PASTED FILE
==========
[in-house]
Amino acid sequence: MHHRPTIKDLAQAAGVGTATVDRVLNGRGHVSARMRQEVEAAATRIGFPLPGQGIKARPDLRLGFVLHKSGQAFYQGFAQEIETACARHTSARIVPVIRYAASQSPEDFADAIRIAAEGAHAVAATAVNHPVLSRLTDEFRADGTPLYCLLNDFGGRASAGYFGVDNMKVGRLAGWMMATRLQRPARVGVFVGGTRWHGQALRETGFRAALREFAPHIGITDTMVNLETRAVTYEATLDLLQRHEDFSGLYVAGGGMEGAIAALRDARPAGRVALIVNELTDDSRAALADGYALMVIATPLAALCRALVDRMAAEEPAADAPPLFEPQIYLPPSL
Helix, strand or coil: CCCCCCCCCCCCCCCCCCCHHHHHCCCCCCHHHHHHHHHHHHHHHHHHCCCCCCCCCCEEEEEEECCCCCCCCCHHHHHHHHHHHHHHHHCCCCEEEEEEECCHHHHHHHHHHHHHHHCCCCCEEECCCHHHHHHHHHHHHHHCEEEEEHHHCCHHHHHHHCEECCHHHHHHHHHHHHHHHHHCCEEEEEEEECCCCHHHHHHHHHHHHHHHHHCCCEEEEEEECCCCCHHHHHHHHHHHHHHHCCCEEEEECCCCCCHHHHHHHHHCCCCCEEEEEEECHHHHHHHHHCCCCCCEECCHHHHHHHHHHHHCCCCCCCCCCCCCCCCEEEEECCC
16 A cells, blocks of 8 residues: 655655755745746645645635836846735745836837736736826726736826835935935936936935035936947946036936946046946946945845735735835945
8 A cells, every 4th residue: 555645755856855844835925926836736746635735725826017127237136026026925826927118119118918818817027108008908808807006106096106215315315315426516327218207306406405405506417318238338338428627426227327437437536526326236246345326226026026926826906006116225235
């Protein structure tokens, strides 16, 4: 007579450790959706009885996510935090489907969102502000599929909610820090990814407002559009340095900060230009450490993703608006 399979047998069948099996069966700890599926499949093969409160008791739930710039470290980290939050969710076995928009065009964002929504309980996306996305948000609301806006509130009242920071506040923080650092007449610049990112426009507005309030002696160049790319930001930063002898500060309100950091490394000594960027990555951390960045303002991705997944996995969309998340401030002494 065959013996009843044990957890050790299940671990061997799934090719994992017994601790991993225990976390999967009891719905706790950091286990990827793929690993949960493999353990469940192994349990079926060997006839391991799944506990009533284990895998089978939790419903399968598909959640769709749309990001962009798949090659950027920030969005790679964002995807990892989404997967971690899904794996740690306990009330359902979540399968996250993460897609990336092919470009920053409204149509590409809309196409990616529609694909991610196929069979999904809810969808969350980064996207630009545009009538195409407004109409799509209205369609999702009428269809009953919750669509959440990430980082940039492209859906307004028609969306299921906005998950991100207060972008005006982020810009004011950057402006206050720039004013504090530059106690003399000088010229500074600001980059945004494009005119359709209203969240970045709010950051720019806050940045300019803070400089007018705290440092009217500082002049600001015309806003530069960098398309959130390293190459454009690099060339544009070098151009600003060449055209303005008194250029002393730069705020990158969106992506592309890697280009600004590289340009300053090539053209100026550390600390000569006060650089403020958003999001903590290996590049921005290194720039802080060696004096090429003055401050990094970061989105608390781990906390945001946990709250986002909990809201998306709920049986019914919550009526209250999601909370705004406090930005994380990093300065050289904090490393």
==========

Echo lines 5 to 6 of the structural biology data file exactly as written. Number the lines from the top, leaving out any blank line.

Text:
8 A cells, every 4th residue: 555645755856855844835925926836736746635735725826017127237136026026925826927118119118918818817027108008908808807006106096106215315315315426516327218207306406405405506417318238338338428627426227327437437536526326236246345326226026026926826906006116225235
């Protein structure tokens, strides 16, 4: 007579450790959706009885996510935090489907969102502000599929909610820090990814407002559009340095900060230009450490993703608006 399979047998069948099996069966700890599926499949093969409160008791739930710039470290980290939050969710076995928009065009964002929504309980996306996305948000609301806006509130009242920071506040923080650092007449610049990112426009507005309030002696160049790319930001930063002898500060309100950091490394000594960027990555951390960045303002991705997944996995969309998340401030002494 065959013996009843044990957890050790299940671990061997799934090719994992017994601790991993225990976390999967009891719905706790950091286990990827793929690993949960493999353990469940192994349990079926060997006839391991799944506990009533284990895998089978939790419903399968598909959640769709749309990001962009798949090659950027920030969005790679964002995807990892989404997967971690899904794996740690306990009330359902979540399968996250993460897609990336092919470009920053409204149509590409809309196409990616529609694909991610196929069979999904809810969808969350980064996207630009545009009538195409407004109409799509209205369609999702009428269809009953919750669509959440990430980082940039492209859906307004028609969306299921906005998950991100207060972008005006982020810009004011950057402006206050720039004013504090530059106690003399000088010229500074600001980059945004494009005119359709209203969240970045709010950051720019806050940045300019803070400089007018705290440092009217500082002049600001015309806003530069960098398309959130390293190459454009690099060339544009070098151009600003060449055209303005008194250029002393730069705020990158969106992506592309890697280009600004590289340009300053090539053209100026550390600390000569006060650089403020958003999001903590290996590049921005290194720039802080060696004096090429003055401050990094970061989105608390781990906390945001946990709250986002909990809201998306709920049986019914919550009526209250999601909370705004406090930005994380990093300065050289904090490393």